SALT LAKE CITY — Warner Bros. is not giving “The Bachelor of Provo” a rose this week after reports that the popular Utah YouTube series was removed from YouTube for copyright issues.
What happened: The first two episodes of “The Bachelor of Provo” YouTube series were removed from the platform without notice Friday because the show too closely followed the format of ABC’s “The Bachelor,” according to the show’s Twitter account.
Well, turns out we were right.— Provo’s Most Eligible (@provos_eligible) February 9, 2019
Our YouTube channel got shut down for copyright reasons...
We'll keep you all posted... https://t.co/BME2UeUwxe
- Remington Butler, host of the former “Bachelor of Provo,” told the Deseret News, “We reached out to some intellectual and copyright attorneys, who said basically we need to change the name and format.”
- According to Butler, the production crew for the show will no longer be able to call it “The Bachelor of Provo” or use the terms "bachelor" or "bachelorette," nor will they be able to hold rose ceremonies.
This isn’t the end of the “Bachelor of Provo” team’s show, however.
Butler and his co-producer Carson Bown announced Tuesday that the show will continue under the new name “Provo’s Most Eligible” with a different format as part of a newly launched, independent dating show.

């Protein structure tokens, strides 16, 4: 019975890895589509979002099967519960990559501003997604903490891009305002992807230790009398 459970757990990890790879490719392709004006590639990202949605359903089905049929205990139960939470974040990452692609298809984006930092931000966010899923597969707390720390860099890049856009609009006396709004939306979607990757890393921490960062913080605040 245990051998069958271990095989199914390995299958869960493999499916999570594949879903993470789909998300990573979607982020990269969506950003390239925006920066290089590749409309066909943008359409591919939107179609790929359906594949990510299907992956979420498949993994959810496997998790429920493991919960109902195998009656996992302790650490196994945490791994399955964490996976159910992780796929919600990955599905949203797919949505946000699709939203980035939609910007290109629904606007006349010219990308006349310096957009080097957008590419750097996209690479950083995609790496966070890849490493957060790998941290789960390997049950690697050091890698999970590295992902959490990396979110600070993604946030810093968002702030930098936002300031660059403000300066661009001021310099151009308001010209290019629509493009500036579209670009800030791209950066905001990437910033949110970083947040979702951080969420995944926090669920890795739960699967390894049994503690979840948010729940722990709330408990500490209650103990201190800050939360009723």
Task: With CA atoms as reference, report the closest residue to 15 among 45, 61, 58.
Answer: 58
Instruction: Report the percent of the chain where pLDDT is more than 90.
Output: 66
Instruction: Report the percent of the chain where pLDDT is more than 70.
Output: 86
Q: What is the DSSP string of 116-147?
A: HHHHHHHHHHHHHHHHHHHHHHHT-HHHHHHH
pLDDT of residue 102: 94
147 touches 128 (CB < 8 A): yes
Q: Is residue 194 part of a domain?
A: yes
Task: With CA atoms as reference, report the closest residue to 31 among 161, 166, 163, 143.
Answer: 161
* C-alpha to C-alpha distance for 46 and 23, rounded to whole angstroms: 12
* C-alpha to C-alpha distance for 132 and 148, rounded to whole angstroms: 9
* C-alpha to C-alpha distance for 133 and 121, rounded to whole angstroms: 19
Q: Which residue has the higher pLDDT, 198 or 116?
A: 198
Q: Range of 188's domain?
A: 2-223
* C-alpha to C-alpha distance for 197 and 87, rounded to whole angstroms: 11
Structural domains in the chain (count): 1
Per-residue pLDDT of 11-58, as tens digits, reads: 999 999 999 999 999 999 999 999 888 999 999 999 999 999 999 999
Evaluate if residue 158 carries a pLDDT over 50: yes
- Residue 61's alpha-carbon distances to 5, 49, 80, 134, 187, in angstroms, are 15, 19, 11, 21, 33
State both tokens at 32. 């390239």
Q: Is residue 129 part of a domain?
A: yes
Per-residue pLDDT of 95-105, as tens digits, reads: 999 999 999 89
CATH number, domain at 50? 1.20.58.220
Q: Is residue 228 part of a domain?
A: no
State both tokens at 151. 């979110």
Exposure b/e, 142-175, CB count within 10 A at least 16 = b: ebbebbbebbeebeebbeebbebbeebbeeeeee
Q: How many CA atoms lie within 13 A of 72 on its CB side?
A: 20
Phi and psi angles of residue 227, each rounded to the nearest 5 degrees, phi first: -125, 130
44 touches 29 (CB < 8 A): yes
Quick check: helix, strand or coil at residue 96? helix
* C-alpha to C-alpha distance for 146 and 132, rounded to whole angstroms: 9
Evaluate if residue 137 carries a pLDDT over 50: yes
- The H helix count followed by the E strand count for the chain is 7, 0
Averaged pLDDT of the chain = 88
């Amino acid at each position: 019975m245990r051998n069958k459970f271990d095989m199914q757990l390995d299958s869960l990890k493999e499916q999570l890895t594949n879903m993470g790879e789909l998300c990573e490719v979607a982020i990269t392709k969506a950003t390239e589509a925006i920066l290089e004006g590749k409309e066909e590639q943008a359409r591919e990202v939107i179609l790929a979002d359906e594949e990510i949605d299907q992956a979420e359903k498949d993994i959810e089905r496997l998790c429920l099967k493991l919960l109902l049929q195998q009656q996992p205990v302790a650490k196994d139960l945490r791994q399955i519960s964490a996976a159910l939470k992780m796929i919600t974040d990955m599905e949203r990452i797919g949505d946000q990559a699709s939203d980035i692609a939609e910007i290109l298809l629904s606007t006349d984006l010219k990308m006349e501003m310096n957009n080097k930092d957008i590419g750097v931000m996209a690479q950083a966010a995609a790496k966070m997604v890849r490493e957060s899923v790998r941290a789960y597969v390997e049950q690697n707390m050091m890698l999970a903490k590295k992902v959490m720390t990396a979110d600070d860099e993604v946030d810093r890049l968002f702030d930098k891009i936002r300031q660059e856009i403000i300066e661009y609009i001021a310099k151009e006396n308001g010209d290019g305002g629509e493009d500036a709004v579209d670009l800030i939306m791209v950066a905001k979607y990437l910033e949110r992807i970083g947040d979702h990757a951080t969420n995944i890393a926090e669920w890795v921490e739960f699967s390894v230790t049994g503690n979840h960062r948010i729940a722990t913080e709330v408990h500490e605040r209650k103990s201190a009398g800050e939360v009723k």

Well, here it is. The legal version of The B*****or of Provo. Check out our website to apply for seasons two! One woman, 28 men. Yikes. #notgettingsued #notthebachelorofprovo pic.twitter.com/Ym99aCULf8— Provo’s Most Eligible (@provos_eligible) February 13, 2019
- A “Provo’s Most Eligible” website was launched this week with details about the show, episodes and date ideas. Anyone interested in applying to be on the next season of the show can also apply there.
Episode three of the late “Bachelor of Provo,” which was initially planned for release on Wednesday, will be published Saturday, Feb. 16, on YouTube, according to Butler and Bown.
- Episodes one and two will be back up by the end of the week under a new YouTube page and channel, according to Butler.
“The Bachelor of Provo,” which followed BYU student Colin Ross as he dated 22 women in the Provo area, went viral on social media for its awkward and cringeworthy charm. That appears to be an element the show’s creators will maintain in their new show.
“Keep waiting for the cringe. Keep loving the cringe,” Butler said on the show’s YouTube channel. “We’re just so amazed that so many people have taken the time to watch it.”